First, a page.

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33 Summers Hardcover – June 23, 2009
2016 Book Awards
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Top Customer Reviews
As the Mathis character is looking back on "33 summers", he is bringing to life many broader memories; some good and some bad; but mostly, vivid, as our culture gradually transformed over the decades. In the end, baseball is still an American dream, but the harsh realities of everyday life often disrupt the happy endings.
33 Summers is a baseball novel. But make no mistake, the book is more about family relationships (mostly dysfunctional), disappointments, personal turmoil and regret. It follows talented player Jack Mathis from his earliest baseball memories playing little league in the 70s through college and pro ball all the way to the book's surprise ending on Opening Day 2008.
The book, which is told in the first person narrative style, starts with Jack's first memories of playing catch with his father, himself a frustrated jock.
"Jackie, if you listen to me, we can go all the way to the majors," he would say. "I can see you in pinstripes now."
The foreshadowing of an overbearing father figure combined with a submissive, but loving mother create a toxic familial environment for Jack as he grows up. Jack struggles with shyness, relationship problems, and drug and alcohal problems while, at the same time, rocketing through the college ball at Mississippi State all the way to the big leagues.
During his pro stint, Jack struggles mightly to overcome his personal challenges. His talents are diminished and, not surprisingly, he is shuttled between moribund teams Royals, Rays, Mariners, and Brewers. At each stop, his "potential" label opens another door only to have his personal demons kick it closed.
One of the devices Pare uses in Summers is a historical timeline.Read more ›
Each chapter covers a year in Jack's life. The emphasis is on baseball, the only way Jack can connect with his abusive father. His perception of each year is colored by his own performance on the ball field and the success (or lack thereof) of his beloved Yankees. The real lessons to be learned from "33 Summers" do not, however, have much to do with baseball. With his dysfunctional family lacking in examples of how to live his life Jack looks to happenings in the world, trying unsuccessfully to learn from the mistakes of others. He provides object lessons in the dangers of obsession or lack of balance in life. He shows us why friends and family matter. And last, he takes us on one heck of a ride.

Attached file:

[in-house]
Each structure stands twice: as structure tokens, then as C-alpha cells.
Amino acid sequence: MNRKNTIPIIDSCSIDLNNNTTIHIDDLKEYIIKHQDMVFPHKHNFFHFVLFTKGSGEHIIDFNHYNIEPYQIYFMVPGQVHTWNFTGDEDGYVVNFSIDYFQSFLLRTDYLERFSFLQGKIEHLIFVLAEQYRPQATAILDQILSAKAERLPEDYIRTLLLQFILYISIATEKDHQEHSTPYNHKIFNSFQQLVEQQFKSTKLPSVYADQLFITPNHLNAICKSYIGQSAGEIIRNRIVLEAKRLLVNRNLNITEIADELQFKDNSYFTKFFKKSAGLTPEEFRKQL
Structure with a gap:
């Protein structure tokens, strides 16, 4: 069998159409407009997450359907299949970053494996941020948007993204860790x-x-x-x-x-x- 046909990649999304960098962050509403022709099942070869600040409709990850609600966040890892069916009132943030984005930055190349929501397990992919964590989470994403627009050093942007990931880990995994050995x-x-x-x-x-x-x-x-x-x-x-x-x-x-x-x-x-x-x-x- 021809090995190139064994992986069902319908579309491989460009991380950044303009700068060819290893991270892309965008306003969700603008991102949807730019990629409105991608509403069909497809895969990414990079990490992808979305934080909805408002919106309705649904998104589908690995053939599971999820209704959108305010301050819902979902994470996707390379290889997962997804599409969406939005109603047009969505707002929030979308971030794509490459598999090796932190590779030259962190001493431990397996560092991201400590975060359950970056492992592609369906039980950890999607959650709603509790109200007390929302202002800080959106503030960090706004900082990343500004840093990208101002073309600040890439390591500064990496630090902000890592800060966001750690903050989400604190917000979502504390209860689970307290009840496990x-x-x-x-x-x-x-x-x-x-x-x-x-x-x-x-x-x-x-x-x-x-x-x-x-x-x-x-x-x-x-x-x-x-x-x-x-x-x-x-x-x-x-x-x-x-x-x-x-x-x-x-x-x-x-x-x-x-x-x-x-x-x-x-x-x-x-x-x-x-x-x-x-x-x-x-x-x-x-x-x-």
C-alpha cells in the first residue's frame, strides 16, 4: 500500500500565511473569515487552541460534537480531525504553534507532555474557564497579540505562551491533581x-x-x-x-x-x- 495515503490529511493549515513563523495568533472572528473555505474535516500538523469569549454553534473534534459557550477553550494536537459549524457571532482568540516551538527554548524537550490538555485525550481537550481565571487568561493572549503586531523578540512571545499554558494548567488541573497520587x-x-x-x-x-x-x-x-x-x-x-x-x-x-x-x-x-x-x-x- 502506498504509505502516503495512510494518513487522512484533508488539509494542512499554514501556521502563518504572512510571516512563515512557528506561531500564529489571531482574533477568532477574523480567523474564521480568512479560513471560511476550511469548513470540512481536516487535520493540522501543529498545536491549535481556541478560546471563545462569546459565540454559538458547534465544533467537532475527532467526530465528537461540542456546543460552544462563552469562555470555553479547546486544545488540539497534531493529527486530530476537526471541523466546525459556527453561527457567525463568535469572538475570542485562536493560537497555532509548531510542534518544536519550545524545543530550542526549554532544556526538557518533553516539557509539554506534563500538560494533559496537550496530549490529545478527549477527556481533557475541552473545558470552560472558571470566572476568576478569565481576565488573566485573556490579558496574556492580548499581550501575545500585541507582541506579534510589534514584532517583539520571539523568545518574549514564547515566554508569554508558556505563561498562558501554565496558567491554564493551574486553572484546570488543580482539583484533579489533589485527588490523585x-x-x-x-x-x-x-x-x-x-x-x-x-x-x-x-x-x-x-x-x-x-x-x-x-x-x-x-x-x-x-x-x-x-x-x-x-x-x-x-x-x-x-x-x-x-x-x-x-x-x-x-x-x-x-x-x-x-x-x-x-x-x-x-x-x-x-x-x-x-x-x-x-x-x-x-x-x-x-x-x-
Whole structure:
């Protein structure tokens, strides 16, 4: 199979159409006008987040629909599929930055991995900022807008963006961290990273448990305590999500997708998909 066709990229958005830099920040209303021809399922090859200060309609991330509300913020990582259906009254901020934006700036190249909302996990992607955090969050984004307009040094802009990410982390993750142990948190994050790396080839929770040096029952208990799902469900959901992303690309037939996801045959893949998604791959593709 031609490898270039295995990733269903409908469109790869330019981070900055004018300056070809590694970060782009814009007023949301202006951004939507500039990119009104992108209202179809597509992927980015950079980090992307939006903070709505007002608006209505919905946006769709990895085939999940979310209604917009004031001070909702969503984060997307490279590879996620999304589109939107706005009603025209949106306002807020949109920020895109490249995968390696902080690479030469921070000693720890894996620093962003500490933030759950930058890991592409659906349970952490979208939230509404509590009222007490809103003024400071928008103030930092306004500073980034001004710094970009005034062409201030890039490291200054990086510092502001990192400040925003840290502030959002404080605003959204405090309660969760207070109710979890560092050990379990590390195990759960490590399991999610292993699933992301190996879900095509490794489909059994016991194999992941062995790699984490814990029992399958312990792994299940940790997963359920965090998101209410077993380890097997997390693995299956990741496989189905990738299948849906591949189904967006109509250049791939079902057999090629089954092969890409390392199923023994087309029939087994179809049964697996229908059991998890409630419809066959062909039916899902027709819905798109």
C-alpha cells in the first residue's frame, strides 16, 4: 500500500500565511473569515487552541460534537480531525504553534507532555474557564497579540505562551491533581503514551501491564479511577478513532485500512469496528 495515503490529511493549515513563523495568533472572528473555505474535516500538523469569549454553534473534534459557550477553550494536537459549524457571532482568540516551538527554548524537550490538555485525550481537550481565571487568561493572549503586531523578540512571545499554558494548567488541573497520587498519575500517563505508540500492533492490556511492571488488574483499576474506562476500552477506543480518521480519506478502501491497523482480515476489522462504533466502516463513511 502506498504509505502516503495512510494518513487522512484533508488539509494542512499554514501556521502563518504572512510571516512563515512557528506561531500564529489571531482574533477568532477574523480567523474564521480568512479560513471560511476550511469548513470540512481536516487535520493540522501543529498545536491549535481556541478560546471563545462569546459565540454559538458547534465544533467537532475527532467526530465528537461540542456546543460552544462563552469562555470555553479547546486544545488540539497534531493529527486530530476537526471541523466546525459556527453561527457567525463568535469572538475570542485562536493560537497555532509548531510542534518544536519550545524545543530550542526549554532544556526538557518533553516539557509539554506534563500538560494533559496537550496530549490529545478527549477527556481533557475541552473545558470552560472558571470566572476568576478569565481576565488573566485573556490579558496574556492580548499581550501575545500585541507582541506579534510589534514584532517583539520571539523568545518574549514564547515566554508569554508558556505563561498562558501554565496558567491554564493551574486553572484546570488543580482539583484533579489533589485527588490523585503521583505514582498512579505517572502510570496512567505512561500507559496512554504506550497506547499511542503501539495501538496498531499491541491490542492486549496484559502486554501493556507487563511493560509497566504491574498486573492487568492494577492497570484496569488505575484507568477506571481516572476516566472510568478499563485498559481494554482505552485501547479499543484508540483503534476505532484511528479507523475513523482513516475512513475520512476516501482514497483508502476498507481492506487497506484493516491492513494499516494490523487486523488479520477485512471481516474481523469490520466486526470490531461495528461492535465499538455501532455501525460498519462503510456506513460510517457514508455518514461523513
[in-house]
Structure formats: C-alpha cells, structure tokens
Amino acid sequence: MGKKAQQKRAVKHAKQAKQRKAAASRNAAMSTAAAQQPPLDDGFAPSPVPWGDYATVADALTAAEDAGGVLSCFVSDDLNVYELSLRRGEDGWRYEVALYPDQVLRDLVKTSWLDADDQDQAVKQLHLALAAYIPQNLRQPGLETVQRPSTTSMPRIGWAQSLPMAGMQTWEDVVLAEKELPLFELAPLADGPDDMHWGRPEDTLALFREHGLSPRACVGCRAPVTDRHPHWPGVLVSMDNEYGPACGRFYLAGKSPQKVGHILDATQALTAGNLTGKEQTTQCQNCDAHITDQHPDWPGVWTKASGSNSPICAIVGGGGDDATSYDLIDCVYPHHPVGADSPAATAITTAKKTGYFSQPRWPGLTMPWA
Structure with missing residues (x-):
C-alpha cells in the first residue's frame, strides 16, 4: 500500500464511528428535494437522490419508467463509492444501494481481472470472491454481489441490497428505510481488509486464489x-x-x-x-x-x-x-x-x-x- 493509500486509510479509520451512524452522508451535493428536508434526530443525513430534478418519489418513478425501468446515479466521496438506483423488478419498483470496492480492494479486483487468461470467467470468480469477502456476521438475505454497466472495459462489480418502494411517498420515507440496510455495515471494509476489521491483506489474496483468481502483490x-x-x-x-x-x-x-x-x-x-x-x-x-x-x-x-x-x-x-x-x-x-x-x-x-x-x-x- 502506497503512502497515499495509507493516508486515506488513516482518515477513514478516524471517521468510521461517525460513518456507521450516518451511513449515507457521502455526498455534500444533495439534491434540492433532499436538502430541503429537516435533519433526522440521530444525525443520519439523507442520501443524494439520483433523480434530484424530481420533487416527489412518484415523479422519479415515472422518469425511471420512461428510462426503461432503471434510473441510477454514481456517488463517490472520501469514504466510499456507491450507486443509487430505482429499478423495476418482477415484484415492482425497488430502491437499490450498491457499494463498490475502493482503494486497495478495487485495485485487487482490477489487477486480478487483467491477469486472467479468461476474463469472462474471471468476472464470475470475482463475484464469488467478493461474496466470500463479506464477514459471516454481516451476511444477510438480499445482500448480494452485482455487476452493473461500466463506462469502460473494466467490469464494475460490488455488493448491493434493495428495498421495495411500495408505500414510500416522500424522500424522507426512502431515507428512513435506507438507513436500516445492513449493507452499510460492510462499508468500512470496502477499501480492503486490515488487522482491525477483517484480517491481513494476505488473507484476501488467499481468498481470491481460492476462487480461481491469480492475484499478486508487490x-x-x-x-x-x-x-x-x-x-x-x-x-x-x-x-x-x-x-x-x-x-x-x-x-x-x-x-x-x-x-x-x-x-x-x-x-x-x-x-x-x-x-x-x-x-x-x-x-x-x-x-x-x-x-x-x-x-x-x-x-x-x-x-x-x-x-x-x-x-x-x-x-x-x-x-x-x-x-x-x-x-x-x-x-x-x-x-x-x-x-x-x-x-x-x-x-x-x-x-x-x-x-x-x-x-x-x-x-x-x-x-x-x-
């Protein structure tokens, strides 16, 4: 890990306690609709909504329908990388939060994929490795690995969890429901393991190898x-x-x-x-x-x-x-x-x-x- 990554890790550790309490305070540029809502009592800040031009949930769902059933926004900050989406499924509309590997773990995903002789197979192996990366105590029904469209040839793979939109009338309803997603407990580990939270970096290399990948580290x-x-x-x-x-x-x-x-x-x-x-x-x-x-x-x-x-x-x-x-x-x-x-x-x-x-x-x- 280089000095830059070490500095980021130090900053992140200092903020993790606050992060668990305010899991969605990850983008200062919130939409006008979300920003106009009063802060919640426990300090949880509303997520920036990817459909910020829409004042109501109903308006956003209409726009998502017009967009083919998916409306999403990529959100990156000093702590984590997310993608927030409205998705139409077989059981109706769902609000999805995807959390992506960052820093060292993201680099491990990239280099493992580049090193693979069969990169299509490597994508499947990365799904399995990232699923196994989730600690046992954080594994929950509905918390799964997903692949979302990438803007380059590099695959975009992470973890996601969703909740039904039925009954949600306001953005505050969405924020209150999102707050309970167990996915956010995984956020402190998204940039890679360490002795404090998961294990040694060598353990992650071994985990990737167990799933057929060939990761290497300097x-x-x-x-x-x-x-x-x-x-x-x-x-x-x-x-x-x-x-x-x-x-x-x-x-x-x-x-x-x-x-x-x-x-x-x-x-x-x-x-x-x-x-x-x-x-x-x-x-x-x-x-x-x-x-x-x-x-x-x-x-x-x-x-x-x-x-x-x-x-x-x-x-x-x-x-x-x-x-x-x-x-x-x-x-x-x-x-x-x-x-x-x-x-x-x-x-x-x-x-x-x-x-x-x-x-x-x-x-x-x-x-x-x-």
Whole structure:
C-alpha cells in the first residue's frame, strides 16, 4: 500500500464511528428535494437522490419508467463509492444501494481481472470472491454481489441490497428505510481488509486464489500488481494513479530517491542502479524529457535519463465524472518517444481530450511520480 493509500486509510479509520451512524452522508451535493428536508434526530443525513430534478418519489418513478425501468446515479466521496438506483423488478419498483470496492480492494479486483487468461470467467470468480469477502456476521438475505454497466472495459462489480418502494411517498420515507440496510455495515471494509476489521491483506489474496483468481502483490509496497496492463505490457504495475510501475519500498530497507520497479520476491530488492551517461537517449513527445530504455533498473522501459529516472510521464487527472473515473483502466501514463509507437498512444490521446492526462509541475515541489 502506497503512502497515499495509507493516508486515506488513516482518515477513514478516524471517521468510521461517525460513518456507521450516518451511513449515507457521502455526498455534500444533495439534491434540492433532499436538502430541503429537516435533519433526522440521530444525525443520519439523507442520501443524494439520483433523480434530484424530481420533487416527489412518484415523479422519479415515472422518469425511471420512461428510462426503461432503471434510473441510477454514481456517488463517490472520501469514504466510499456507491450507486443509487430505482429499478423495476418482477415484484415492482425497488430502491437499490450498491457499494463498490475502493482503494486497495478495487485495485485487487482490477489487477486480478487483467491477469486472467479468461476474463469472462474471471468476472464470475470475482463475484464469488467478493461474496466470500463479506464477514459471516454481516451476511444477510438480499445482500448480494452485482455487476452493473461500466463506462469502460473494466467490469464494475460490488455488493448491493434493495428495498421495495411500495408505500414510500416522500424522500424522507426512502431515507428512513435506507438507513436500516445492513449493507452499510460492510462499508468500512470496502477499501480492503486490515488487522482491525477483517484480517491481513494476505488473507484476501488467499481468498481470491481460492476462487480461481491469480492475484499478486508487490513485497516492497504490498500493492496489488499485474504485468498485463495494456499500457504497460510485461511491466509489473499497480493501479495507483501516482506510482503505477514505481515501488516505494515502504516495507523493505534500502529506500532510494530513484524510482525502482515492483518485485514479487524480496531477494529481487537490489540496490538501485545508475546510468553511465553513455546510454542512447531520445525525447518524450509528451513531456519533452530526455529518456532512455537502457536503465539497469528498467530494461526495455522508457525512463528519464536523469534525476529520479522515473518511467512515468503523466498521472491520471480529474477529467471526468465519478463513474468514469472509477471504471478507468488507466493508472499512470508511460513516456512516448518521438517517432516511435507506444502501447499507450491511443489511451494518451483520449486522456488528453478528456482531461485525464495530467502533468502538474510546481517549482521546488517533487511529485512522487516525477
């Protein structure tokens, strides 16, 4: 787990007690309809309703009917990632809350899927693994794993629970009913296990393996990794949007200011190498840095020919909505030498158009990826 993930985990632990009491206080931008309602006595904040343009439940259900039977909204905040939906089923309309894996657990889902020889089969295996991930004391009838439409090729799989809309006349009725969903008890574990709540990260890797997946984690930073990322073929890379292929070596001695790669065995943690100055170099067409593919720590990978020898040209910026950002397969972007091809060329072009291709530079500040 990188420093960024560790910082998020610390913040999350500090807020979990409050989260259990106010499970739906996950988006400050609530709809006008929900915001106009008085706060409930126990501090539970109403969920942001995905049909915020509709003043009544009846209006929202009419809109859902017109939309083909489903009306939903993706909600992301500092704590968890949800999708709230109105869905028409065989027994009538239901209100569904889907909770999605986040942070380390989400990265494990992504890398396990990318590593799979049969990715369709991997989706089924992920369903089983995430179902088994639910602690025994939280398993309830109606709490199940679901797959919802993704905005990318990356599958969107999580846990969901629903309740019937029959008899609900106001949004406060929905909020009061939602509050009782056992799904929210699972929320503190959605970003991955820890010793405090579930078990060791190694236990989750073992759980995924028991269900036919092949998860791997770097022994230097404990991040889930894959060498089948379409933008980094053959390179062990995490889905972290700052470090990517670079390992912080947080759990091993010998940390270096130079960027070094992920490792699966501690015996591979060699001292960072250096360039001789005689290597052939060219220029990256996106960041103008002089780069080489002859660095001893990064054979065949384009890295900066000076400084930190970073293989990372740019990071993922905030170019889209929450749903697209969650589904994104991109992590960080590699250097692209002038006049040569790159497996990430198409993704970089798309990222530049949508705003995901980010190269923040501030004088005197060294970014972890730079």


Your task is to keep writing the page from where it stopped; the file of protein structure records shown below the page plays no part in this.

Most Recent Customer Reviews
I bought this book because I like baseball and it was inexpensive. My expectations weren't very high. Read morePublished on December 15, 2010 by J. Ertel
This is an amazing novel. Darren L. Parre takes us through 33 years in the life of Jack Mathis. As a boy Jack dreamed of becoming a baseball player. Read morePublished on November 5, 2010 by beezee
This was a good book about a baseball player who is also an alcoholic and drug addict. The author takes us through each year of the athlete's life, giving great backgound about... Read morePublished on September 2, 2010 by kindle addict
I am usually a romance reader, or a bit of suspense. 33 Summers was a bit out of my box but after having bought the Kindle, I discovered that I had so many more options that I... Read morePublished on August 26, 2010 by Lucinda Dunn